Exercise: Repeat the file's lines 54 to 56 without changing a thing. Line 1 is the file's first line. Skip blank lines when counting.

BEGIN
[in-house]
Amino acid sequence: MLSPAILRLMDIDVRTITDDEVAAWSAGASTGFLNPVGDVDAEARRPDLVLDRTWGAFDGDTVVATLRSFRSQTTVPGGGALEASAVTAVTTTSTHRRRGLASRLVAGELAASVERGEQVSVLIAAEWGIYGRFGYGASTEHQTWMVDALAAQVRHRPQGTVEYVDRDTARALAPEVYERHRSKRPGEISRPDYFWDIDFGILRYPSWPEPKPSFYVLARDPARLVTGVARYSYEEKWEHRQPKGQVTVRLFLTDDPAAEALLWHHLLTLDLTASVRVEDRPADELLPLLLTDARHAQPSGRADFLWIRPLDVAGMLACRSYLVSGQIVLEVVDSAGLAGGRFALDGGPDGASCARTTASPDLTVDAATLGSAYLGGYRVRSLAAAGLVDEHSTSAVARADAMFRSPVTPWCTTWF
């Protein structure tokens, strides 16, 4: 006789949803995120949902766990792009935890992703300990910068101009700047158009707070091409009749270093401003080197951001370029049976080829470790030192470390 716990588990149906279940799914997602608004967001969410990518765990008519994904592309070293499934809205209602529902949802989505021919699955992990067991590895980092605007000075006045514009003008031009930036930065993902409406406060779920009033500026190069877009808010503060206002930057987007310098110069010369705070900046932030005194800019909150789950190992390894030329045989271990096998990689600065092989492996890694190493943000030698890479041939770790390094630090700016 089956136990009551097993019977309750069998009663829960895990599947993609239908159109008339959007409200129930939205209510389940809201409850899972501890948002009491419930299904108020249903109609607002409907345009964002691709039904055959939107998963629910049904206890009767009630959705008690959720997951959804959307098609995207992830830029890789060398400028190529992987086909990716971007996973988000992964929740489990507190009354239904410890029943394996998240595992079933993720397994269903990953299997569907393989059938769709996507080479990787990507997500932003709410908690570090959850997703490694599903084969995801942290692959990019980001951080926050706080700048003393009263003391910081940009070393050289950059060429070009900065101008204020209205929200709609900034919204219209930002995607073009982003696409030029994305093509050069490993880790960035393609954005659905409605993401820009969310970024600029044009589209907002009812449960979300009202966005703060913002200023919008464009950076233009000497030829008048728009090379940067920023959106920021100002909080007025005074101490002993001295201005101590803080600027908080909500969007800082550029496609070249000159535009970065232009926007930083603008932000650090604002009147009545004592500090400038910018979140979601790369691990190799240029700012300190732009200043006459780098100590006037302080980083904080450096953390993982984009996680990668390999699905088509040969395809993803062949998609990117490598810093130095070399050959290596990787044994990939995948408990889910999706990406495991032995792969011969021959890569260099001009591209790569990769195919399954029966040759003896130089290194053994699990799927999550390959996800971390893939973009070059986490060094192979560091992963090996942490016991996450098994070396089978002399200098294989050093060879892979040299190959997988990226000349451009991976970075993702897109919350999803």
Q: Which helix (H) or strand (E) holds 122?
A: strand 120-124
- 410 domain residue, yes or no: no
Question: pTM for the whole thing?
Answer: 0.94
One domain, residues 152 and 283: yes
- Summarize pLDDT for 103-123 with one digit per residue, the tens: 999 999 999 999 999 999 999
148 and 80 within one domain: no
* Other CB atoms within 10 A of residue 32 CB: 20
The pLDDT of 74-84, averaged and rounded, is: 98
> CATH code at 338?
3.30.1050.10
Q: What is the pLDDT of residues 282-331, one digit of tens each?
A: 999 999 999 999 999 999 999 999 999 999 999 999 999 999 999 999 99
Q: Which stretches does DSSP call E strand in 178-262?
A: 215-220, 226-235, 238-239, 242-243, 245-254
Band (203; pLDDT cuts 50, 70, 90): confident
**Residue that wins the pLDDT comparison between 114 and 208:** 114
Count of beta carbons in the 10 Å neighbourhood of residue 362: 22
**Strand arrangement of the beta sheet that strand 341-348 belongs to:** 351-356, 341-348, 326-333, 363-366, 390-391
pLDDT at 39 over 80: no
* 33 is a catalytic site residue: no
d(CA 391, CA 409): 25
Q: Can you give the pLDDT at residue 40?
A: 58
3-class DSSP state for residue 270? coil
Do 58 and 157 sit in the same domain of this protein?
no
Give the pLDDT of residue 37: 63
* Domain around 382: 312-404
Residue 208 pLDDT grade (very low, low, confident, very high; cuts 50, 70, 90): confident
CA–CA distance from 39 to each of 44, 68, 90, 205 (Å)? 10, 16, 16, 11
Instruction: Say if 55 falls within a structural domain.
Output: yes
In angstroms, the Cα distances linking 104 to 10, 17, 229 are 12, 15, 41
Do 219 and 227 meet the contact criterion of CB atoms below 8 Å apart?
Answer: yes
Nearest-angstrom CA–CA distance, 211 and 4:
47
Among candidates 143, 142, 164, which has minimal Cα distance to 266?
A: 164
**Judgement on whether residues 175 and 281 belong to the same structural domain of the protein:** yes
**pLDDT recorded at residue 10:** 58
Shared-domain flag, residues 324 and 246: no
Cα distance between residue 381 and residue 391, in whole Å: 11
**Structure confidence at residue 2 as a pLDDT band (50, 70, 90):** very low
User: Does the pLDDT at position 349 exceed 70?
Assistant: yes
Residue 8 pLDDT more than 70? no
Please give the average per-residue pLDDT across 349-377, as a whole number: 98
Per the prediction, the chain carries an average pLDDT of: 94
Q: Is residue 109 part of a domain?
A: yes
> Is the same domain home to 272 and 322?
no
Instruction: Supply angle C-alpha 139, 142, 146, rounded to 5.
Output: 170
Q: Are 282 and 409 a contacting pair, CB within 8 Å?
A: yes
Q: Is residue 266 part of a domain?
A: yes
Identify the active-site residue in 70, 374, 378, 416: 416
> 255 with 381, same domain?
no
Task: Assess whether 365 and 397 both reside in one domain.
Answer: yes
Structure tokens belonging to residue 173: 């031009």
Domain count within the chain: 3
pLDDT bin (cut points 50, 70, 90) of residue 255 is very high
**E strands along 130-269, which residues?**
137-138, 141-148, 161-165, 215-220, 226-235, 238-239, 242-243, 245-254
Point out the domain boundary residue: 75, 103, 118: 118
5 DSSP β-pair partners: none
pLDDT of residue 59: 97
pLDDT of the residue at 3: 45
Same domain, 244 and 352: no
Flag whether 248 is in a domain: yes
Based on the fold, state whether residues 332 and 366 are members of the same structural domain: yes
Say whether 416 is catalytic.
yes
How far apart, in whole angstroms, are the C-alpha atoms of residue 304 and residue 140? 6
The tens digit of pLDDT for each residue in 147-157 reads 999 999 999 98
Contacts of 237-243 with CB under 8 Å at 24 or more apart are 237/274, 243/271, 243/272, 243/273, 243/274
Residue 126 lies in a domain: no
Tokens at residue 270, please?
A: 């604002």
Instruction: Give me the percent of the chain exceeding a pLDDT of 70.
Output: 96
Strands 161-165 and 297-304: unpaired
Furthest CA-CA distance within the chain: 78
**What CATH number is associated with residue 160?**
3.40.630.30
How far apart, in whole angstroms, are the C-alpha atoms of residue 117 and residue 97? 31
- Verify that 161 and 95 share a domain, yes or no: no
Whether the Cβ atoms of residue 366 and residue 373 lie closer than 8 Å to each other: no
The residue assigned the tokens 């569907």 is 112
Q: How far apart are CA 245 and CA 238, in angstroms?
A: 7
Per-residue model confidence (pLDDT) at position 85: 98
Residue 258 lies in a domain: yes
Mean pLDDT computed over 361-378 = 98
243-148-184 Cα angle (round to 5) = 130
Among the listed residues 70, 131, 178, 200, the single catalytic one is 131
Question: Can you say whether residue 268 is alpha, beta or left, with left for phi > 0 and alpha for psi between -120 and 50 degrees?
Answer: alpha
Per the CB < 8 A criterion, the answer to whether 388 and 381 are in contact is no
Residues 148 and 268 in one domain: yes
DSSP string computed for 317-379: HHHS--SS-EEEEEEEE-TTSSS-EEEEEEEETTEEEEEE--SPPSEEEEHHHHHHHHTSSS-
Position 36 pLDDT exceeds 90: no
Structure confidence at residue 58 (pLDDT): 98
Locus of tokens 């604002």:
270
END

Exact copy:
Per the prediction, the chain carries an average pLDDT of: 94
Q: Is residue 109 part of a domain?
A: yes